Eslite bookstore comes under fire amid accusations of customer's data leak
Taipei, May 14 (CNA) The Ministry of Digital Affairs (MODA) said Sunday that it has summoned representatives of the company that runs Eslite bookstore to explain the circumstances surrounding the alleged leak of a customer's private data to an apparent Chinese propagandist.
In a statement, the ministry said it had contacted Taiwan's Eslite Spectrum Corp. after learning that the customer, Cynthia Yang (楊欣慈), had received a phone call from someone claiming to be a pollster, who was asking questions about a book titled "If China Attacks," which she had purchased recently from Eslite's online bookstore.
The matter came to light earlier in day when Yang spoke at a press conference in Taipei, saying that soon after she bought the book in February, she received a phone call from someone who claimed to be a Taiwanese pollster conducting an Eslite survey on the "sensitive reading material."
However, the caller's accent and use of terminology suggested otherwise, said Yang, deputy executive secretary of the Here I Stand Project, a Taiwanese non-profit organization that seeks to promote the nation's youth internationally.
Furthermore, the caller kept emphasizing how "sensitive" the contents of the book were and kept insisting that "a military unification (between China and Taiwan) was inevitable," Yang said at the press conference held by her organization and the Taiwan Statebuilding Party (TSP).
In fact, the book discusses the current relations between the two sides and debunks the claims that China would easily prevail in the event of a cross-Taiwan Strait military conflict, Yang said, adding that the caller kept pressing her to give her opinions about the book.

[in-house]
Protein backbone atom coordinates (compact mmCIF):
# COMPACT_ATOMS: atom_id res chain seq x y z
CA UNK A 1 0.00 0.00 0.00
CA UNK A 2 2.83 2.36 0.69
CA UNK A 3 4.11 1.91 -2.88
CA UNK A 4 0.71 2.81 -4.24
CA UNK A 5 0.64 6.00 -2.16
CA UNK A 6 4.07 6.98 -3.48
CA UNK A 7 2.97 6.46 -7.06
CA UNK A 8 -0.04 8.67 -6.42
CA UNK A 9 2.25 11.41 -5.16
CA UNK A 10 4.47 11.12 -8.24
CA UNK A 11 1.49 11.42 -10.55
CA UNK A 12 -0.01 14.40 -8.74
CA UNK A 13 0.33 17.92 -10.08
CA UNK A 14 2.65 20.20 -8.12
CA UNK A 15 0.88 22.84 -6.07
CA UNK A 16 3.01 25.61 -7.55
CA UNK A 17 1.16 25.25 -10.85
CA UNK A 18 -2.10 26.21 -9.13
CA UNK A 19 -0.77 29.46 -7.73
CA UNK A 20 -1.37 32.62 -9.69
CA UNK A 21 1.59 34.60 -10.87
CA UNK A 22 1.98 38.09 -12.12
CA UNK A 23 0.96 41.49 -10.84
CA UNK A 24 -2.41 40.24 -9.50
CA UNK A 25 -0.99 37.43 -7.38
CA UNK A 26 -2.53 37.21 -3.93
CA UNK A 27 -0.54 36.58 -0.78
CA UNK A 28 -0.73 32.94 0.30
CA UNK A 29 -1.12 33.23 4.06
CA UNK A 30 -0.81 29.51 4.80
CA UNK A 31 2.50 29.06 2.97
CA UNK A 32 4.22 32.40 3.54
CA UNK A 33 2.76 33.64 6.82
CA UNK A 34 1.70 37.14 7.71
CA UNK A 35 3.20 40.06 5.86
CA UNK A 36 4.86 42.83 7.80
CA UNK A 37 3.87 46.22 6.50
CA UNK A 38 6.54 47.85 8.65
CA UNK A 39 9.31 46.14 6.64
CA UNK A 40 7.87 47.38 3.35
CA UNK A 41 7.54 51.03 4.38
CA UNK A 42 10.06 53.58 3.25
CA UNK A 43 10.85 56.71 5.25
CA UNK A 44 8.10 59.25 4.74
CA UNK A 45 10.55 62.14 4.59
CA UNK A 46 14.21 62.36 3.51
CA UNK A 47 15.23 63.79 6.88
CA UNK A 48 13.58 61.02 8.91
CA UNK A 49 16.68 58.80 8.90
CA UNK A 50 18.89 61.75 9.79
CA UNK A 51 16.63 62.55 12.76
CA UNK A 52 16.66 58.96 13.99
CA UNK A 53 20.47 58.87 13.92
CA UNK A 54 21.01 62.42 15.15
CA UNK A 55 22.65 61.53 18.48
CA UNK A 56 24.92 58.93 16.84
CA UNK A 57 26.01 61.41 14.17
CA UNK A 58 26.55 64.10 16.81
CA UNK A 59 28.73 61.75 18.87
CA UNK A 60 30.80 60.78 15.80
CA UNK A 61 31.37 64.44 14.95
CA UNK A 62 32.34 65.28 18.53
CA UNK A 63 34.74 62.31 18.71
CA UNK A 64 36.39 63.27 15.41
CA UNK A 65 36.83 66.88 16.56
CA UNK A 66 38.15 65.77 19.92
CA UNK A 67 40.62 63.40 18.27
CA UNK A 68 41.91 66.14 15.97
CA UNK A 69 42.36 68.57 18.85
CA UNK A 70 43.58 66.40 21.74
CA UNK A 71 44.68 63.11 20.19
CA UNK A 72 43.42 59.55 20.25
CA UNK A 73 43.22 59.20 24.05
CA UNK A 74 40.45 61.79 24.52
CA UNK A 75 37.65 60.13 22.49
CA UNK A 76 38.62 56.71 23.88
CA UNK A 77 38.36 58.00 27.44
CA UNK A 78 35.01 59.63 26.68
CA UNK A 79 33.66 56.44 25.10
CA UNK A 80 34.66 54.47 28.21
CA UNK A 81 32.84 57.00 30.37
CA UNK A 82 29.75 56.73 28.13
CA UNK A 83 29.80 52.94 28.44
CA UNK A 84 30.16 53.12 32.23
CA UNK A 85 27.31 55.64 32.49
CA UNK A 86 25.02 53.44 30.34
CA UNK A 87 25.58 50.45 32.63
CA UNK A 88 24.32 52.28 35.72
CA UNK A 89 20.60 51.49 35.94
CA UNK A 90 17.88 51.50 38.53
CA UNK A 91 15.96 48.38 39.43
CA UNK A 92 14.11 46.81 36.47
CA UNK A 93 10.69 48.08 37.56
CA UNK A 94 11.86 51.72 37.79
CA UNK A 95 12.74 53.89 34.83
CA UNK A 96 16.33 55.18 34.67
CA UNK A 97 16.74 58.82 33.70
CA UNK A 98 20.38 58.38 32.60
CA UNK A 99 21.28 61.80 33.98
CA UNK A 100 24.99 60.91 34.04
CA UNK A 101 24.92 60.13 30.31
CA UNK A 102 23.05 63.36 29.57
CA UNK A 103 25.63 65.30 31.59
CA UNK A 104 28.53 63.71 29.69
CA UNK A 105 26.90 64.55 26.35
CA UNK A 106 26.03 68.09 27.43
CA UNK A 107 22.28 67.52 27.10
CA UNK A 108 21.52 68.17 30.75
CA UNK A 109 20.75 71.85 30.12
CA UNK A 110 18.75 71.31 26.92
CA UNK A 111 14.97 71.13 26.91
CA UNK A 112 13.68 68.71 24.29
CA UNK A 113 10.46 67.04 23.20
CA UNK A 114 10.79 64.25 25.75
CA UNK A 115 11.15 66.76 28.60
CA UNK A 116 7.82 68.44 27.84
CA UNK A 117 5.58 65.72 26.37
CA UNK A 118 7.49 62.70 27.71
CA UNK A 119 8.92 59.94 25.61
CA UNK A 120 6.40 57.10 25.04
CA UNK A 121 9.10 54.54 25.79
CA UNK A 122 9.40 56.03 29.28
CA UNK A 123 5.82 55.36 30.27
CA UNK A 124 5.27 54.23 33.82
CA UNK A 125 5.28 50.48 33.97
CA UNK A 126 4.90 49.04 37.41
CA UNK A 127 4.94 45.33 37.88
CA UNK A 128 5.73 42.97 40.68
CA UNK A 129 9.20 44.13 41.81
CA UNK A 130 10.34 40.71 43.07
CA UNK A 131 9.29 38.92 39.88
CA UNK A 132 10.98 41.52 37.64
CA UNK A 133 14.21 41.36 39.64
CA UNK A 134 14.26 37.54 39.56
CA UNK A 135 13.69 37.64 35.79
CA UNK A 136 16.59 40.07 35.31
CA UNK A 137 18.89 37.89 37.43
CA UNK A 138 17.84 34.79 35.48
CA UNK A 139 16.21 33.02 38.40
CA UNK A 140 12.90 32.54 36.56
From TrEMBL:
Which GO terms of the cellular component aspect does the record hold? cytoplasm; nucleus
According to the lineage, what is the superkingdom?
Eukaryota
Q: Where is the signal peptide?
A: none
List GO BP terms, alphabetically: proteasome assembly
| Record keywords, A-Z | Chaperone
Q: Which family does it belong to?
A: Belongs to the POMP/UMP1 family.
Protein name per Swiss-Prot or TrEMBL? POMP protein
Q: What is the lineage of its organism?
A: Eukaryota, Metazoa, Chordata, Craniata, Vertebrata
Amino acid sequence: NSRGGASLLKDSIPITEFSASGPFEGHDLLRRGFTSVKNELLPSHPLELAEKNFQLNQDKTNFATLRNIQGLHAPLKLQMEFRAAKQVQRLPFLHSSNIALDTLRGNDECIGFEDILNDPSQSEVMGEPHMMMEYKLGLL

Yang said all of that led her to conclude that the call had come from a well-organized Chinese group seeking to influence Taiwanese and sway them to side with the ideals of the ruling Communist Party of China.
Also speaking at the press conference, TSP Taipei chapter head Wu Hsin-tai (吳欣岱) said the phone call was an indication that Yang's data had been leaked from Eslite bookstore.
In 2021 and 2022, Eslite was listed as a high-risk platform that exposed its users to scams, Wu said.
She said that the protocols introduced by Taiwan's Cabinet to combat fraud and scams should also include investigating the source of data leaks, in order to better protect the rights of Taiwan citizens.
After the press conference, the digital affairs ministry issued a statement, saying it had summoned representatives of Eslite Spectrum Corp., which runs the popular bookstore chain in Taiwan, to give an explanation Monday about the incident.
The company's representatives will be required to provide evidence that will allow the ministry to determine whether Eslite's data security adheres to Taiwan's regulations, MODA said, citing the Personal Data Protection Act.
When contacted by CNA, Eslite said in an email response that it will continue to strengthen its data security and regularly remind its customers about the prevalence of scams.
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